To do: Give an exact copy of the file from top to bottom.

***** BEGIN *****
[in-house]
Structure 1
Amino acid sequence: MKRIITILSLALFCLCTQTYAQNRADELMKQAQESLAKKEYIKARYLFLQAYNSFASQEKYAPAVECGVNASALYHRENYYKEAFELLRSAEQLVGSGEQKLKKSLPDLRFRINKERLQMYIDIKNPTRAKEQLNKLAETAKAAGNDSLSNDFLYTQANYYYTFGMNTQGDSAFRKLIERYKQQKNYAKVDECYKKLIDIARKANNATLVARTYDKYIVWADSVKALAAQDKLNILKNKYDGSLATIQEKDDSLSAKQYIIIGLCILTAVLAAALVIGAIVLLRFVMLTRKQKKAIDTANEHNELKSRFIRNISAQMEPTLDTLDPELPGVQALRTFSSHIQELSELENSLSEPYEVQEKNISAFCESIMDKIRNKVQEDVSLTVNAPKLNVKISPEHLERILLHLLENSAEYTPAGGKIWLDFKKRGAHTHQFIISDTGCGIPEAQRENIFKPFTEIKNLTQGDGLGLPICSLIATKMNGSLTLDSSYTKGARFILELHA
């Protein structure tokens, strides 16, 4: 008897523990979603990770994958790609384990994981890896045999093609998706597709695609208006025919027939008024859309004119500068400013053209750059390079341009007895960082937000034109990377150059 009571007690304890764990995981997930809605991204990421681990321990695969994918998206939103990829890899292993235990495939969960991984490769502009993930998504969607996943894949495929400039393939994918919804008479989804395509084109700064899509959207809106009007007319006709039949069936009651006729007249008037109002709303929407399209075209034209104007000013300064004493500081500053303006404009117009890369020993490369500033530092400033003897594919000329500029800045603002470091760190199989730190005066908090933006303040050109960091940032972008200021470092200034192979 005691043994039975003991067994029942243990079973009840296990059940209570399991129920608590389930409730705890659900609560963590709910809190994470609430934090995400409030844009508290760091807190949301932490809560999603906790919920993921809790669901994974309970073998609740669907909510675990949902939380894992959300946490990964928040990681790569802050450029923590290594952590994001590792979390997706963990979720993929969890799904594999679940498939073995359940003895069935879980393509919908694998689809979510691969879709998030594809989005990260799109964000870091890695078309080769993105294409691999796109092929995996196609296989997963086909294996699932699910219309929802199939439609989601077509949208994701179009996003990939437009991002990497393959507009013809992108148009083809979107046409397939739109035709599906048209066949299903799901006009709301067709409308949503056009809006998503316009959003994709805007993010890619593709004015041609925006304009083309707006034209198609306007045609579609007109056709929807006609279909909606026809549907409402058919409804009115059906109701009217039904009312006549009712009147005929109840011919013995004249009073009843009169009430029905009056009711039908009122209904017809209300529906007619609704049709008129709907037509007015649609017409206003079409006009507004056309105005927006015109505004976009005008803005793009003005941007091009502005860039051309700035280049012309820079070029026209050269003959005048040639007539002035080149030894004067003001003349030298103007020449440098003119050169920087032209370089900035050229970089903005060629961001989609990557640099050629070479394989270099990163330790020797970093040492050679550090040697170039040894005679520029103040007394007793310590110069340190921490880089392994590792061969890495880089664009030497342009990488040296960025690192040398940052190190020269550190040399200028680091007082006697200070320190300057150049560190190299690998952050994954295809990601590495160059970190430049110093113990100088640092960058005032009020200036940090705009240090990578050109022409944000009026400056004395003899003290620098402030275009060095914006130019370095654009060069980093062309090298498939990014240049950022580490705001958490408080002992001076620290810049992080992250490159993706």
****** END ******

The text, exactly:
[in-house]
Structure 1
Amino acid sequence: MKRIITILSLALFCLCTQTYAQNRADELMKQAQESLAKKEYIKARYLFLQAYNSFASQEKYAPAVECGVNASALYHRENYYKEAFELLRSAEQLVGSGEQKLKKSLPDLRFRINKERLQMYIDIKNPTRAKEQLNKLAETAKAAGNDSLSNDFLYTQANYYYTFGMNTQGDSAFRKLIERYKQQKNYAKVDECYKKLIDIARKANNATLVARTYDKYIVWADSVKALAAQDKLNILKNKYDGSLATIQEKDDSLSAKQYIIIGLCILTAVLAAALVIGAIVLLRFVMLTRKQKKAIDTANEHNELKSRFIRNISAQMEPTLDTLDPELPGVQALRTFSSHIQELSELENSLSEPYEVQEKNISAFCESIMDKIRNKVQEDVSLTVNAPKLNVKISPEHLERILLHLLENSAEYTPAGGKIWLDFKKRGAHTHQFIISDTGCGIPEAQRENIFKPFTEIKNLTQGDGLGLPICSLIATKMNGSLTLDSSYTKGARFILELHA
């Protein structure tokens, strides 16, 4: 008897523990979603990770994958790609384990994981890896045999093609998706597709695609208006025919027939008024859309004119500068400013053209750059390079341009007895960082937000034109990377150059 009571007690304890764990995981997930809605991204990421681990321990695969994918998206939103990829890899292993235990495939969960991984490769502009993930998504969607996943894949495929400039393939994918919804008479989804395509084109700064899509959207809106009007007319006709039949069936009651006729007249008037109002709303929407399209075209034209104007000013300064004493500081500053303006404009117009890369020993490369500033530092400033003897594919000329500029800045603002470091760190199989730190005066908090933006303040050109960091940032972008200021470092200034192979 005691043994039975003991067994029942243990079973009840296990059940209570399991129920608590389930409730705890659900609560963590709910809190994470609430934090995400409030844009508290760091807190949301932490809560999603906790919920993921809790669901994974309970073998609740669907909510675990949902939380894992959300946490990964928040990681790569802050450029923590290594952590994001590792979390997706963990979720993929969890799904594999679940498939073995359940003895069935879980393509919908694998689809979510691969879709998030594809989005990260799109964000870091890695078309080769993105294409691999796109092929995996196609296989997963086909294996699932699910219309929802199939439609989601077509949208994701179009996003990939437009991002990497393959507009013809992108148009083809979107046409397939739109035709599906048209066949299903799901006009709301067709409308949503056009809006998503316009959003994709805007993010890619593709004015041609925006304009083309707006034209198609306007045609579609007109056709929807006609279909909606026809549907409402058919409804009115059906109701009217039904009312006549009712009147005929109840011919013995004249009073009843009169009430029905009056009711039908009122209904017809209300529906007619609704049709008129709907037509007015649609017409206003079409006009507004056309105005927006015109505004976009005008803005793009003005941007091009502005860039051309700035280049012309820079070029026209050269003959005048040639007539002035080149030894004067003001003349030298103007020449440098003119050169920087032209370089900035050229970089903005060629961001989609990557640099050629070479394989270099990163330790020797970093040492050679550090040697170039040894005679520029103040007394007793310590110069340190921490880089392994590792061969890495880089664009030497342009990488040296960025690192040398940052190190020269550190040399200028680091007082006697200070320190300057150049560190190299690998952050994954295809990601590495160059970190430049110093113990100088640092960058005032009020200036940090705009240090990578050109022409944000009026400056004395003899003290620098402030275009060095914006130019370095654009060069980093062309090298498939990014240049950022580490705001958490408080002992001076620290810049992080992250490159993706």